Diet Recommendations for Bladder Stones in Dogs

Bladder stones in dogs are painful and can often be relieved or prevented by a proper diet. Because bladder stones are caused by a buildup of minerals, ensure that your dog has the right balance of minerals in his diet.

Symptoms of Bladder Stones

Bladder stones are caused by a buildup of minerals and wastes in your dog's bladder that crystallize and become stones. While dogs age 4 to 6 are more often affected, dogs of any age and breed can be afflicted with bladder stones. Females obtain them more often than males.

This is a painful condition that may cause your dog to act irritable or cry out in pain when you can't determine the cause. Other symptoms include frequent urination, blood in the urine, lethargy, weakness and loss of appetite. Your dog may urinate frequently but in small amounts, and he may strain or appear to be in pain when urinating. He may also lick his genital area more frequently.

Preventative Diet

Because some commercial diets are deficient in certain minerals, other minerals in your pet's body often increase to fill in the gaps in his diet. This causes a buildup that can result in bladder stones.

To prevent this from occurring, especially in a dog that has previously had bladder stones, a balanced diet is extremely important. Protein from an animal source helps maintain an acidic pH, preventing the alkaline pH that causes the most common type of bladder stones.

Make sure that you are feeding a high quality diet, with good protein sources. Avoid foods that contain meat byproducts, corn and wheat, which are low quality fillers and don't provide many nutrients for your dog.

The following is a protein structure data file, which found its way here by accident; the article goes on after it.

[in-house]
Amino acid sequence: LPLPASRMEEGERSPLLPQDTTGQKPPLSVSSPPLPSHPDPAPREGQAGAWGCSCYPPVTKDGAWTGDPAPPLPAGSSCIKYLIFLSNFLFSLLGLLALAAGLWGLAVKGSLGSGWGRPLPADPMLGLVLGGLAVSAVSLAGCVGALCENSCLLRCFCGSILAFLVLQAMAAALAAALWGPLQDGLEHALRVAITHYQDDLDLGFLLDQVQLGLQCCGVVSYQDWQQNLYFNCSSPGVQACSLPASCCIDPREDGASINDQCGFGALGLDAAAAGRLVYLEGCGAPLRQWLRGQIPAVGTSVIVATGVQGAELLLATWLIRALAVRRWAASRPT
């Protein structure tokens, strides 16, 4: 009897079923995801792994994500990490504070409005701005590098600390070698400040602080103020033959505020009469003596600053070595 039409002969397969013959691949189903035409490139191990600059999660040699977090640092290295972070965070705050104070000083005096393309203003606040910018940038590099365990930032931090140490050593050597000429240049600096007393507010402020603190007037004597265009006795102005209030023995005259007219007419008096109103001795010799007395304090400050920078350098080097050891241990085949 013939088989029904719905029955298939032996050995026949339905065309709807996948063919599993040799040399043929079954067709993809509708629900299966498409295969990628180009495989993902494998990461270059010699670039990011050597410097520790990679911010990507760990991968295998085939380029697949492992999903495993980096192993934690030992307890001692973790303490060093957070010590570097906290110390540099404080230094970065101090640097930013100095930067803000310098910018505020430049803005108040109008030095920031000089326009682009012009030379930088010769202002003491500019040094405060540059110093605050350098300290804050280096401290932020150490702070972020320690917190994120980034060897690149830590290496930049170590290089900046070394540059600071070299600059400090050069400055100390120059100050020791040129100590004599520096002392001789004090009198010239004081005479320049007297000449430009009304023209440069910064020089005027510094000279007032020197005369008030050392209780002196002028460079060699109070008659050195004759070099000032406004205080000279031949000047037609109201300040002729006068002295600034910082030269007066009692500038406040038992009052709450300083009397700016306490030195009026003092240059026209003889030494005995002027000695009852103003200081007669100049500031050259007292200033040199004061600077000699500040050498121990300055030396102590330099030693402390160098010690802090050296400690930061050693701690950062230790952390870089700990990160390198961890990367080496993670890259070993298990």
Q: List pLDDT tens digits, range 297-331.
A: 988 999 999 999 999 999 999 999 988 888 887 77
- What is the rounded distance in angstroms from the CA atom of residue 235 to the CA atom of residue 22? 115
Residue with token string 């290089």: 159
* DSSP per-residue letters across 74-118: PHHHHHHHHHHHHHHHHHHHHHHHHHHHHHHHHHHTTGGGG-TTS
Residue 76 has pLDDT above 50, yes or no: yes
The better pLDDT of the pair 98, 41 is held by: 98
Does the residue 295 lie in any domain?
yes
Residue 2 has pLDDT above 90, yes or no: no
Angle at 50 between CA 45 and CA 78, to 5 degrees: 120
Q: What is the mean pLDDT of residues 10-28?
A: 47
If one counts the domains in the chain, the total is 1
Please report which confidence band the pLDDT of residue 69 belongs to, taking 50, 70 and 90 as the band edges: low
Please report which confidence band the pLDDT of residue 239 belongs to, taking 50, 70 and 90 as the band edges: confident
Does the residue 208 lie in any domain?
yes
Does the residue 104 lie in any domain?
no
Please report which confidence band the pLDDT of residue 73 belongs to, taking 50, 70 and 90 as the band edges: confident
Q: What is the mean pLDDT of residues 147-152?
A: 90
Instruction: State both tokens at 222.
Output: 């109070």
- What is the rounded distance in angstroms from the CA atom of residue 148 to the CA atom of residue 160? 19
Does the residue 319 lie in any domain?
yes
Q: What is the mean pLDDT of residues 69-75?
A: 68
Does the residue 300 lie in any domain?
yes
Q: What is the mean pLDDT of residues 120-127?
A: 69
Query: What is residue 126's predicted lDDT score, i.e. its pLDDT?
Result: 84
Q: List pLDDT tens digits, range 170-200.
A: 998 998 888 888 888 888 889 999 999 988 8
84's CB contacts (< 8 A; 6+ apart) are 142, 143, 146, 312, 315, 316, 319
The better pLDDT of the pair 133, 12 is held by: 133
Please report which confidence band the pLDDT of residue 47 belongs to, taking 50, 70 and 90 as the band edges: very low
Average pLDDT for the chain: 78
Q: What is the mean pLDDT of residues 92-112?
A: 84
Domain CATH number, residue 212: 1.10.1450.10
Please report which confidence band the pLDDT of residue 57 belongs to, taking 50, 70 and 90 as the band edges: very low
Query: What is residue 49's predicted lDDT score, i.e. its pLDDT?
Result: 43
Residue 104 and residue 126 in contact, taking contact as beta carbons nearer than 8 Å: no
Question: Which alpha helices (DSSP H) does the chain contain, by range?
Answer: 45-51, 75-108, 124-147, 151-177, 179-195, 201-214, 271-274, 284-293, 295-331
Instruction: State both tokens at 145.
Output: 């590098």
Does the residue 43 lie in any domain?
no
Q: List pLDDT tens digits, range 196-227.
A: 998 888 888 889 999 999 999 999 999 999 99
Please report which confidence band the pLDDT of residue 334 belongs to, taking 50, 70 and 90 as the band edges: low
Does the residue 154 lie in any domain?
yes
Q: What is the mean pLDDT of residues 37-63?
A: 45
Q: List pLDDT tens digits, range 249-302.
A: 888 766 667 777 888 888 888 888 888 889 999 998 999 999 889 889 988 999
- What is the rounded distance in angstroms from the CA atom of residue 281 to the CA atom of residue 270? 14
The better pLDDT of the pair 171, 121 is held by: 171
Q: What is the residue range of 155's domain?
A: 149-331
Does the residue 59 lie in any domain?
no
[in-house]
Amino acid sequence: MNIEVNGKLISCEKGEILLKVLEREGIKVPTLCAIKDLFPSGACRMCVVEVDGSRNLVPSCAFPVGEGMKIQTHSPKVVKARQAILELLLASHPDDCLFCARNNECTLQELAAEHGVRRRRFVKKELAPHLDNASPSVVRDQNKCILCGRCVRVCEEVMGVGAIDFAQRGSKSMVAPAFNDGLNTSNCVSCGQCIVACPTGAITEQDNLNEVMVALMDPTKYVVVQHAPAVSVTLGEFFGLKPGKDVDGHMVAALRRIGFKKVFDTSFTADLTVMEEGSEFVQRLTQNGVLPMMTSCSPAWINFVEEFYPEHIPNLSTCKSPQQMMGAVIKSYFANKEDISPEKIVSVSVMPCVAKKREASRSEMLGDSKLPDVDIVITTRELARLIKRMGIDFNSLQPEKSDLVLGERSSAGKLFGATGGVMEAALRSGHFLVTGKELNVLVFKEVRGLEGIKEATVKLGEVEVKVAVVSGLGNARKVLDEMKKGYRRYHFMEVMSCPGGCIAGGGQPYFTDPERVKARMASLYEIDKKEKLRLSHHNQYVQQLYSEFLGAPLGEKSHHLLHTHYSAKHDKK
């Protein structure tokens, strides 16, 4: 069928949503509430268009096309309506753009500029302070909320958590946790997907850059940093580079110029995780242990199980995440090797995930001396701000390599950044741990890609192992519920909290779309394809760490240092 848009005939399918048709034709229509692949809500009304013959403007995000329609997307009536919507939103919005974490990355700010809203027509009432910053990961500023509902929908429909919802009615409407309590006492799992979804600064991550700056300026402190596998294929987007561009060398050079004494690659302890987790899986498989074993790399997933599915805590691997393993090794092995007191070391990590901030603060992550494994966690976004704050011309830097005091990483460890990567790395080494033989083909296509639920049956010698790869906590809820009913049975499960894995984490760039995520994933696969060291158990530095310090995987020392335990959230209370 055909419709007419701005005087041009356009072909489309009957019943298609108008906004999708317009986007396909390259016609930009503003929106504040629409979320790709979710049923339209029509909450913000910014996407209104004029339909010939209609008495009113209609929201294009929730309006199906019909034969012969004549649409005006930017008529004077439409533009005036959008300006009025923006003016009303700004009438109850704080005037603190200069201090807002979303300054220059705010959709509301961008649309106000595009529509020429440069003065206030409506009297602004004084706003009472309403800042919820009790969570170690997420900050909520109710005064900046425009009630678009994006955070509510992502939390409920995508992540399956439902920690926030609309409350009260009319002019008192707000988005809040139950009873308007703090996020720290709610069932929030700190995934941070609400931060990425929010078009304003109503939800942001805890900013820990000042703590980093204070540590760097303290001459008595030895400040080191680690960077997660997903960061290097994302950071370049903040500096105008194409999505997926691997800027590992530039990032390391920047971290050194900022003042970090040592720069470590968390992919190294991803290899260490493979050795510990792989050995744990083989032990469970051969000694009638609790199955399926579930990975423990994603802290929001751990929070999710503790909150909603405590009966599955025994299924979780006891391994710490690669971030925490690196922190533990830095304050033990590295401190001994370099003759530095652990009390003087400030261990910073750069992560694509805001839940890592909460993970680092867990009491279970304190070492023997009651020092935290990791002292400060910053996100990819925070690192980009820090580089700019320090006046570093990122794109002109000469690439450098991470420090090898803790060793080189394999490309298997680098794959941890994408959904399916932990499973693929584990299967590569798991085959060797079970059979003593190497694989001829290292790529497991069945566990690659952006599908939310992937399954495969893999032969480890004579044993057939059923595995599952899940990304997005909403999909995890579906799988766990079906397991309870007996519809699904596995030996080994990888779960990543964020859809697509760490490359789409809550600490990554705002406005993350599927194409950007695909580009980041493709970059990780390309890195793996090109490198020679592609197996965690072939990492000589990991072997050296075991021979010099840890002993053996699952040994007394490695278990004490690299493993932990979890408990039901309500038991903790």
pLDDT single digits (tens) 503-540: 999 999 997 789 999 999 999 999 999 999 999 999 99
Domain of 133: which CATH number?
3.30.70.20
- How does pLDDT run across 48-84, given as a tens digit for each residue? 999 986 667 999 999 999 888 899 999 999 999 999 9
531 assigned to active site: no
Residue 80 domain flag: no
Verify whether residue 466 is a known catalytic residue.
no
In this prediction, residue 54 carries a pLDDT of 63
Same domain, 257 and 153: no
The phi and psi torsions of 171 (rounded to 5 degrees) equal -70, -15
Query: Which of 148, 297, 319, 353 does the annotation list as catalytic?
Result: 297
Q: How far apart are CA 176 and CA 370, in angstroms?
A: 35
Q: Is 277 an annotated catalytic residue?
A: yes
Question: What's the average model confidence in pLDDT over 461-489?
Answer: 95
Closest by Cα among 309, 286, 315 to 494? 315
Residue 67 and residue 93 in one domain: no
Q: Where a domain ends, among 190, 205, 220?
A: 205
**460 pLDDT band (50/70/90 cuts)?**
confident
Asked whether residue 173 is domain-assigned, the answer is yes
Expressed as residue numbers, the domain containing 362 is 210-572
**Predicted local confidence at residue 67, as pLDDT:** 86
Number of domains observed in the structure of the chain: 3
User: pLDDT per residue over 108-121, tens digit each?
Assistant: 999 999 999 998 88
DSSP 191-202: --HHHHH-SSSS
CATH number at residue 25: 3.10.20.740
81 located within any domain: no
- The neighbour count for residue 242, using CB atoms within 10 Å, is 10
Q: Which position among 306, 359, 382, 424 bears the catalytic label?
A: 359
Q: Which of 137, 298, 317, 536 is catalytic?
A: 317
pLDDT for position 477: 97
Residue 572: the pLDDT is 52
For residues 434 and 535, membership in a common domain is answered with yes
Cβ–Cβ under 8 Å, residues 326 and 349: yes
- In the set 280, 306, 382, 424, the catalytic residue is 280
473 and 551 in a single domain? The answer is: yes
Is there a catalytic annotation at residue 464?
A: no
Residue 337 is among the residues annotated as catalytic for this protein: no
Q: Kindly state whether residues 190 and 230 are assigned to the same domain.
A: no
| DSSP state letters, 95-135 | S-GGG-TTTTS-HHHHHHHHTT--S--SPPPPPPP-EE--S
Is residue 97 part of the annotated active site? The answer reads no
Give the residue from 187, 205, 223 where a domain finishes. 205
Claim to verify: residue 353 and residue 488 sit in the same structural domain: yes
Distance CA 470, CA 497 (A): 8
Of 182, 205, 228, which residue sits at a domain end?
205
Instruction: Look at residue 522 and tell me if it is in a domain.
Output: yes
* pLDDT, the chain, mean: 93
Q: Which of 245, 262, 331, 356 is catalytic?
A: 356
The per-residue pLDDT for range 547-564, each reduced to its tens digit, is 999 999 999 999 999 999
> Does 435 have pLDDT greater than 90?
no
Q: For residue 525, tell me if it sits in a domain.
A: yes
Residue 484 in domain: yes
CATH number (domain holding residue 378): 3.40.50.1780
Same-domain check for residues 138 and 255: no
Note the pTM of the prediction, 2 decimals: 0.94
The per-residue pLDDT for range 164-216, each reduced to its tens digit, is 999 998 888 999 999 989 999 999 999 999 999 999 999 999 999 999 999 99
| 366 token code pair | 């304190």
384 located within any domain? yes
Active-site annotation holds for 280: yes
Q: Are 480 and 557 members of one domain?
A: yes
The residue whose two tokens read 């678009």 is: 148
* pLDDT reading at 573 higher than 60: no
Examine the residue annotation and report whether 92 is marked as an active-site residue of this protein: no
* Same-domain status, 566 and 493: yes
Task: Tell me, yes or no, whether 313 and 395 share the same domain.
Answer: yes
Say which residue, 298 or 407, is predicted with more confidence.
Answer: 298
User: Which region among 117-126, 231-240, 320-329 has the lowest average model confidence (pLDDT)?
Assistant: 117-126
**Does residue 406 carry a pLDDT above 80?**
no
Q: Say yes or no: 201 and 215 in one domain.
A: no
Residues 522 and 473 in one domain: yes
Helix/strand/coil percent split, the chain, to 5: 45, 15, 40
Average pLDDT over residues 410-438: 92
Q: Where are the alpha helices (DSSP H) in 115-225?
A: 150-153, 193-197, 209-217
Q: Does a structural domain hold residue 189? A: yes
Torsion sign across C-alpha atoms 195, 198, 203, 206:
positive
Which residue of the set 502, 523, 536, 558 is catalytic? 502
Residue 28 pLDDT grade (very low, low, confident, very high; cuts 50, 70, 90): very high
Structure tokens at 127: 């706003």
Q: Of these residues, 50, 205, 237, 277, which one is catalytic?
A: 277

Many veterinarians recommend a home cooked or wet food diet for a dog prone to bladder stones. By making a home cooked diet, you can avoid ingredients that cause the bladder stones in your particular dog, and add ingredients that reduce the chance of recurrence. Wet food diets are beneficial because they consist of 70 percent water, which is important to flush minerals through the bladder.

Don't overfeed your dog, as this may cause him to consume an excess of certain minerals.

Additional Supplements

The best way for your dog to flush his bladder is urination, so make sure he drinks an adequate amount of water each day. Add a little sodium-free broth or cranberry juice to add flavor to the water if necessary.

Increase your dog's intake of calcium and magnesium, minerals that prevent bladder stones. A spoonful or two of cottage cheese on your dog's food is a good addition of dairy that won't upset his stomach.

A small spoonful of apple vinegar can increase the acidity of the stomach. Since this doesn't taste good, you may need to mix it in a home cooked meal. Adding a few cranberries or a little cranberry juice can also help flush the bladder.

If your dog suffers from kidney stones, it's important to find a balanced diet that provides high quality ingredients. Look for foods with fresh or human-grade ingredients, or design a home cooked diet for your dog.